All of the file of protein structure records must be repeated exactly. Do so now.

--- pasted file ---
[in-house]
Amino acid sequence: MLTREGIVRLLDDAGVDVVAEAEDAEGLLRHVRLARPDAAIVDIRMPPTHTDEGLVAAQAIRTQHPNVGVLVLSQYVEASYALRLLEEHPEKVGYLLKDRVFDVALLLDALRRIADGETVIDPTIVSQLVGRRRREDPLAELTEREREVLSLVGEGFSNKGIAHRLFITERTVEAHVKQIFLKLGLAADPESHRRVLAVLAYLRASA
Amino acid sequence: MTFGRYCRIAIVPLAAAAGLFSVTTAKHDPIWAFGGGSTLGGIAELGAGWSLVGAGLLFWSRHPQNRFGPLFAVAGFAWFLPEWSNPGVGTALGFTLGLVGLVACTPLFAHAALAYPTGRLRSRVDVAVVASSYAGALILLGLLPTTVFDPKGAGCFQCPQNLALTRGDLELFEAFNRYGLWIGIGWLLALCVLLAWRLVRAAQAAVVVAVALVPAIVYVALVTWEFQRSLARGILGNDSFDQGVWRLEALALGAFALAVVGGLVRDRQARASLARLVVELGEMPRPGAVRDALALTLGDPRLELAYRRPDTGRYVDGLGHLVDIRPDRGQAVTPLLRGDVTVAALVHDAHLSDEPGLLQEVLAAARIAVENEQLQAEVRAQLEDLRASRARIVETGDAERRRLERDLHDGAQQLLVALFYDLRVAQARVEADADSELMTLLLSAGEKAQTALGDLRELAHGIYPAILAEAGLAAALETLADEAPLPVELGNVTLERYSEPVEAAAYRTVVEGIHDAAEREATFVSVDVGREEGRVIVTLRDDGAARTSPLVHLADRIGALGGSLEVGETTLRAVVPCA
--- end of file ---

[in-house]
Amino acid sequence: MLTREGIVRLLDDAGVDVVAEAEDAEGLLRHVRLARPDAAIVDIRMPPTHTDEGLVAAQAIRTQHPNVGVLVLSQYVEASYALRLLEEHPEKVGYLLKDRVFDVALLLDALRRIADGETVIDPTIVSQLVGRRRREDPLAELTEREREVLSLVGEGFSNKGIAHRLFITERTVEAHVKQIFLKLGLAADPESHRRVLAVLAYLRASA
Amino acid sequence: MTFGRYCRIAIVPLAAAAGLFSVTTAKHDPIWAFGGGSTLGGIAELGAGWSLVGAGLLFWSRHPQNRFGPLFAVAGFAWFLPEWSNPGVGTALGFTLGLVGLVACTPLFAHAALAYPTGRLRSRVDVAVVASSYAGALILLGLLPTTVFDPKGAGCFQCPQNLALTRGDLELFEAFNRYGLWIGIGWLLALCVLLAWRLVRAAQAAVVVAVALVPAIVYVALVTWEFQRSLARGILGNDSFDQGVWRLEALALGAFALAVVGGLVRDRQARASLARLVVELGEMPRPGAVRDALALTLGDPRLELAYRRPDTGRYVDGLGHLVDIRPDRGQAVTPLLRGDVTVAALVHDAHLSDEPGLLQEVLAAARIAVENEQLQAEVRAQLEDLRASRARIVETGDAERRRLERDLHDGAQQLLVALFYDLRVAQARVEADADSELMTLLLSAGEKAQTALGDLRELAHGIYPAILAEAGLAAALETLADEAPLPVELGNVTLERYSEPVEAAAYRTVVEGIHDAAEREATFVSVDVGREEGRVIVTLRDDGAARTSPLVHLADRIGALGGSLEVGETTLRAVVPCA